Completion of the canal helped Chicago escape fully addressing another issue: bad roads. The road conditions were so poor to and in the city that farmers often struggled to make it to market. With the implementation of the new canal, farmers could easily navigate to a port closer to them to drop off their crops with the ships that would then transport it to the city. In the 1850s, Chicago was quick to come up with another fast-cash way to enhance profit by perfecting the steam-powered grain elevator and building them high above the barges alongside the river banks.


In 1900, a barge floats in the foreground, while the Chicago sky is clouded with smoke from the growing industries in the city. [3]



In another blink of an eye, the railroad brought the real money to Chicago. The railroad bolstered the connection this midwest center had to all of the merchandise already coming by barge to the city. The rivers extending lazily from Chicago, but the railroad spread aggressively like arteries from the heart. And that’s what Chicago became, the heart of “the grain trade, the lumber industry, the meatpacking business, and the mail-order catalog business” (Spinney 51).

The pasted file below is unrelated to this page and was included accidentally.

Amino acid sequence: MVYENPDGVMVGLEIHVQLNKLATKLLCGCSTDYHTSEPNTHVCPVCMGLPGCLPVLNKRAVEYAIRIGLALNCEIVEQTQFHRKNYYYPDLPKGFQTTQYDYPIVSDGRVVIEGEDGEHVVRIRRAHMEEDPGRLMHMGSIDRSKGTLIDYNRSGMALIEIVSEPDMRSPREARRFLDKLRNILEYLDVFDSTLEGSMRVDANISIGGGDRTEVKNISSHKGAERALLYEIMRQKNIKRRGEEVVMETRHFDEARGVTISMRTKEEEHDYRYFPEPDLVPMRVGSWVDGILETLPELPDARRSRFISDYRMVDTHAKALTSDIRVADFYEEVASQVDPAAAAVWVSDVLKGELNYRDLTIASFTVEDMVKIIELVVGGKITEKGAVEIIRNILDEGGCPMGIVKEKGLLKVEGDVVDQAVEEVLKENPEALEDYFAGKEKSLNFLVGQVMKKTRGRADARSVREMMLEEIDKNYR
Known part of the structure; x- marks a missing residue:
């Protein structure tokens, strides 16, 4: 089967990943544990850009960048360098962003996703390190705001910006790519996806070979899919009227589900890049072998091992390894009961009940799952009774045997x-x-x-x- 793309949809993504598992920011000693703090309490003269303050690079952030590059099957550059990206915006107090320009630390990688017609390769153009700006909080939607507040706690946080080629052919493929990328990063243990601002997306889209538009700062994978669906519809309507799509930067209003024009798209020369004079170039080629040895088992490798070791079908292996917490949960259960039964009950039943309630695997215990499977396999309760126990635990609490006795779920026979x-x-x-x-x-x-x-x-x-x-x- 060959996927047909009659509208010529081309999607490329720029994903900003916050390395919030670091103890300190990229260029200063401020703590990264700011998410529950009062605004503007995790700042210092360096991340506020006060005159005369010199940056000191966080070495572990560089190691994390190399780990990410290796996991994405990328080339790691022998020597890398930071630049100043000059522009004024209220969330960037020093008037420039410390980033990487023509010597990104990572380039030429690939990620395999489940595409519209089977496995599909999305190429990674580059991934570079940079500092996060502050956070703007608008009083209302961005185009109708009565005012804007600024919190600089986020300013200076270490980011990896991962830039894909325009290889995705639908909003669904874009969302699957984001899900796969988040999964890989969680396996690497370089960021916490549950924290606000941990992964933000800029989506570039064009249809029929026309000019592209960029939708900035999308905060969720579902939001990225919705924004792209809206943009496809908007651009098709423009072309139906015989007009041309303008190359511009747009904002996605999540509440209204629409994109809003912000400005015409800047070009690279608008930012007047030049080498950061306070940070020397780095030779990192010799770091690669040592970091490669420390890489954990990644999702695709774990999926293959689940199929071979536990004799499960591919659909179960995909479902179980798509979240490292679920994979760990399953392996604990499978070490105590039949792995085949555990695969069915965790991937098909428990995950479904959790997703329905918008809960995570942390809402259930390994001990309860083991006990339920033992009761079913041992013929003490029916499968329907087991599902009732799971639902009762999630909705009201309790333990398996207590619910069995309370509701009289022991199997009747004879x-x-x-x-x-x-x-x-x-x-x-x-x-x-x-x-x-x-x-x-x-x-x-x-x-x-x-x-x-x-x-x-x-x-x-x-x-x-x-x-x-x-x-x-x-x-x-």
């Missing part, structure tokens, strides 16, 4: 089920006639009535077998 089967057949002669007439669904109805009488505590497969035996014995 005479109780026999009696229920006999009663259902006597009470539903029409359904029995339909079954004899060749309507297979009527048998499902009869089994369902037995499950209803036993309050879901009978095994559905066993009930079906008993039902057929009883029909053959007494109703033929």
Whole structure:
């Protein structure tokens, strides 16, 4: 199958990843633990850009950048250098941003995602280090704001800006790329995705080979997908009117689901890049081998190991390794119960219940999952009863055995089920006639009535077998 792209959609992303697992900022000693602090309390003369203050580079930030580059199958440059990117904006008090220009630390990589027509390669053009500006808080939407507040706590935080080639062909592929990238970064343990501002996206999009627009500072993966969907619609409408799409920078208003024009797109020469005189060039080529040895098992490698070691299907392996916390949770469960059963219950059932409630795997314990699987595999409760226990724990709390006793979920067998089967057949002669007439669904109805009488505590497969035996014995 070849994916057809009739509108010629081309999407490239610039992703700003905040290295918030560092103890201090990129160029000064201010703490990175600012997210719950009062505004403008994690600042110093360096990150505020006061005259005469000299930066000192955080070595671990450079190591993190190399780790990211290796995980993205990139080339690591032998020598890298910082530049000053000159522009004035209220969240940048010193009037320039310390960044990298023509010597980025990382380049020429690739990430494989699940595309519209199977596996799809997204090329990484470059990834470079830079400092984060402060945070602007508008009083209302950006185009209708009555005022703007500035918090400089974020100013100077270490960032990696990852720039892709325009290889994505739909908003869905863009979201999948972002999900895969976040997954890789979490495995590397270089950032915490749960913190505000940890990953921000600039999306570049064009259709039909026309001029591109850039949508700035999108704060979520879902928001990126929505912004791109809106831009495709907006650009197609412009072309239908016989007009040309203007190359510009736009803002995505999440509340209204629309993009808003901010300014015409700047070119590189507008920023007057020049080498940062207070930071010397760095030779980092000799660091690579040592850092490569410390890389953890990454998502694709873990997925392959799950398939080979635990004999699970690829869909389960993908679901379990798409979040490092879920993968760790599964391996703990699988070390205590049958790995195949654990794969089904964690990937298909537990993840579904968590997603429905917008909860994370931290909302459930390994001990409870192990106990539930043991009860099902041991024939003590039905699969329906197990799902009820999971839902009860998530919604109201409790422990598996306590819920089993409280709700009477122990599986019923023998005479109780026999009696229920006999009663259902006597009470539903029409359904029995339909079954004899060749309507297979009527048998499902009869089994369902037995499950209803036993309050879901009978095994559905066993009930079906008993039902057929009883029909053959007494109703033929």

Railroads in the Bridgeport area of Chicago 1880. [2]

Inventions like the McCormick reaper, the grain elevator, the butchers’ wheel, the disassembly line, the refrigerated railroad car, and Ward’s catalogue fostered these industries. These industries funded the city, were products of the dreams of many, and the foundation for the metropolis soon known as the “Gateway to the West” (Spinney 68). Chicago’s foundation is inspiring yet seems almost idiotic. Learning about the upbringing of a place like Chicago makes it hard to tell what the “American Dream” really is. It is exhilarating knowing how powerful we are as a country, that we made a dream into reality in an area otherwise uninhabitable. Still, it is disheartening to think that we are so hard headed as Americans that we gobble up this land, change its natural identity, and make quick fixes along the way until we successfully “fake it ‘til we make it”. I think my thoughts are best summed up by the final sentence of chapter four, “as Garry Wills has written, ‘The city was an act of will … an imposition, a triumph over circumstance’ ” (Spinney 69).


  1. M, Jill, Brandon K, and Lev N. “Urbanization – A.” WCMSUrbanization. N.p., n.d. Web. 22 Jan. 2016. <>.
  2. “Bridgeport Industrial Scene, Ca. 1880.” Bridgeport Industrial Scene, Ca. 1880. © Queens Borough Public Library, 08 Jan. 2002. Web. 22 Jan. 2016. <>.
  3. Reporter, Daily Mail. “America Steams Ahead: Incredible Black-and-white Pictures Capture How Railroads and Steamboats Helped Forge Its Future at the Turn of the 20th Century.” Mail Online. Associated Newspapers, 19 July 2012. Web. 22 Jan. 2016. <>.
  4. “Chicago.” Travel Channel. N.p., 2016. Web. 22 Jan. 2016. <>.
  5. “Chicago, Illinois, 1831.” Wisconsin Electronic Reader. State Historical Society of Wisconsin Visual Archives, n.d. Web. 22 Jan. 2016. <>.
  6. Spinney, Robert G. City of Big Shoulders: A History of Chicago. DeKalb, IL: Northern Illinois UP, 2000. Print.